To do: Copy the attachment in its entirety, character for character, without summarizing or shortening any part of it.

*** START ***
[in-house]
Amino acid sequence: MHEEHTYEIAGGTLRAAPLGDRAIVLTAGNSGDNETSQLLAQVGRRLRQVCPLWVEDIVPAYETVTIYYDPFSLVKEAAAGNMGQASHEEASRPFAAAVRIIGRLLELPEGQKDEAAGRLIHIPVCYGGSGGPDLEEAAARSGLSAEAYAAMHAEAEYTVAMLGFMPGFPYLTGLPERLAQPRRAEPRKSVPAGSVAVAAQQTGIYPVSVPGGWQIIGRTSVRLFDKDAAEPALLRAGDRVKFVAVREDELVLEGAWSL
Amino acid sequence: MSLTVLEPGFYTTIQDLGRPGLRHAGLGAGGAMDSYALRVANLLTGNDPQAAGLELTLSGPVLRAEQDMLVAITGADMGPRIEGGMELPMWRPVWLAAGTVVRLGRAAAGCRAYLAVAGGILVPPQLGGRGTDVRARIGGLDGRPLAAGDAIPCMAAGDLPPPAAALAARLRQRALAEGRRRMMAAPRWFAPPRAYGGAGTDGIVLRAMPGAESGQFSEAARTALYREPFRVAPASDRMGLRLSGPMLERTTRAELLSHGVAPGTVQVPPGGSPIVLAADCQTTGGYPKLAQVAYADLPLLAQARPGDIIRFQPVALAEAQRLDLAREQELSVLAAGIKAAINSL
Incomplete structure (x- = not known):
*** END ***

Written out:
[in-house]
Amino acid sequence: MHEEHTYEIAGGTLRAAPLGDRAIVLTAGNSGDNETSQLLAQVGRRLRQVCPLWVEDIVPAYETVTIYYDPFSLVKEAAAGNMGQASHEEASRPFAAAVRIIGRLLELPEGQKDEAAGRLIHIPVCYGGSGGPDLEEAAARSGLSAEAYAAMHAEAEYTVAMLGFMPGFPYLTGLPERLAQPRRAEPRKSVPAGSVAVAAQQTGIYPVSVPGGWQIIGRTSVRLFDKDAAEPALLRAGDRVKFVAVREDELVLEGAWSL
Amino acid sequence: MSLTVLEPGFYTTIQDLGRPGLRHAGLGAGGAMDSYALRVANLLTGNDPQAAGLELTLSGPVLRAEQDMLVAITGADMGPRIEGGMELPMWRPVWLAAGTVVRLGRAAAGCRAYLAVAGGILVPPQLGGRGTDVRARIGGLDGRPLAAGDAIPCMAAGDLPPPAAALAARLRQRALAEGRRRMMAAPRWFAPPRAYGGAGTDGIVLRAMPGAESGQFSEAARTALYREPFRVAPASDRMGLRLSGPMLERTTRAELLSHGVAPGTVQVPPGGSPIVLAADCQTTGGYPKLAQVAYADLPLLAQARPGDIIRFQPVALAEAQRLDLAREQELSVLAAGIKAAINSL
Incomplete structure (x- = not known):